Temperature is a physical quantity expressing hot and cold. Temperature is measured with a thermometer, historically calibrated in various temperature scales and units of measurement. The most commonly used scales are the Celsius scale, denoted in °C (informally, degrees centigrade), the Fahrenheit scale (°F), and the Kelvin scale. The kelvin (K) is the unit of temperature in the International System of Units (SI), in which temperature is one of the seven fundamental base quantities.

A body at temperature absolute zero is the coldest possible; the thermal motion of all its fundamental particles is minimum. Although classically described as motionless at the absolute zero of temperature, particles still possess a finite zero-point energy in the quantum mechanical description. Absolute zero is denoted as 0 K on the Kelvin scale, −273.15 °C on the Celsius scale, and −459.67 °F on the Fahrenheit scale.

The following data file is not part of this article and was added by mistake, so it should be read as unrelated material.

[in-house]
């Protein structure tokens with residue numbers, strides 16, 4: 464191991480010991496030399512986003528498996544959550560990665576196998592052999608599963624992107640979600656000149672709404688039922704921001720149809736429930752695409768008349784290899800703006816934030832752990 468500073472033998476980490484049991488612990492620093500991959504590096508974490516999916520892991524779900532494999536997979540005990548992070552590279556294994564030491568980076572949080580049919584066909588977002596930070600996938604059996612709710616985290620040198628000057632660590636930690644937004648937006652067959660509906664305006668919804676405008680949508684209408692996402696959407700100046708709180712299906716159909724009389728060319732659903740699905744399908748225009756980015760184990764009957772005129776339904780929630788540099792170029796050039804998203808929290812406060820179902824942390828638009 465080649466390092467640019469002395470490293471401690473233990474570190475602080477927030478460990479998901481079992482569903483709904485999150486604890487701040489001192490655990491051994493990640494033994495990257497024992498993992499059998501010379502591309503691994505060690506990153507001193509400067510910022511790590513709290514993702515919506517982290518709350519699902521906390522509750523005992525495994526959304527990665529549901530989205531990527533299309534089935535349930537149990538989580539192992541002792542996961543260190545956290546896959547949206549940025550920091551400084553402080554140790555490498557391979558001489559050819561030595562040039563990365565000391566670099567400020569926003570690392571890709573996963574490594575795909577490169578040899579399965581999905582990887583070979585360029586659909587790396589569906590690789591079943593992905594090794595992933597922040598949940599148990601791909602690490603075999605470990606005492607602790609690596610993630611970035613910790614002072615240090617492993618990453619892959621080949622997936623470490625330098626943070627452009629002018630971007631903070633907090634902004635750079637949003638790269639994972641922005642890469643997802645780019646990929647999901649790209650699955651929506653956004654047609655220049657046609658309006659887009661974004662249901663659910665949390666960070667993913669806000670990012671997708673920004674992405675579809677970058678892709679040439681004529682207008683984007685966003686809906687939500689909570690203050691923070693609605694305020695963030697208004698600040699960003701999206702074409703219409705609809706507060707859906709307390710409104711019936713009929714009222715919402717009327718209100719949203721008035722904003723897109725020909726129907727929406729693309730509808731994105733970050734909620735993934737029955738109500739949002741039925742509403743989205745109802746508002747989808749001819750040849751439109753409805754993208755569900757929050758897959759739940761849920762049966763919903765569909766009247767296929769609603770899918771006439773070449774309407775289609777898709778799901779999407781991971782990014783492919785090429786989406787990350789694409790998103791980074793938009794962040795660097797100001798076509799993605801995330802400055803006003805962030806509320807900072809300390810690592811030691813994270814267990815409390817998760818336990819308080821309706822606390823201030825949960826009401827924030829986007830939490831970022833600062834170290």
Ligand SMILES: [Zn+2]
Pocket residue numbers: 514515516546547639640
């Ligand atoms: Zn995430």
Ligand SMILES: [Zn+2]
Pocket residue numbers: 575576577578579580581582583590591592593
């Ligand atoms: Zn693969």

Temperature is a proportional measure of the average kinetic energy of the random motions of the constituent microscopic particles in a system (such as electrons, atoms, and molecules); based on the historical development of the kinetic theory of gases, but more rigorous definitions include all quantum states of matter.

Temperature is important in all fields of natural science, including physics, chemistry, Earth science, medicine, and biology, as well as most aspects of daily life.

Many physical processes are affected by temperature, such as

Temperature scales differ in two ways: the point chosen as zero degrees, and the magnitudes of incremental units or degrees on the scale.

This page was last edited on 1 June 2018, at 01:57.
Reference: https://en.wikipedia.org/wiki/Temperature under CC BY-SA license.

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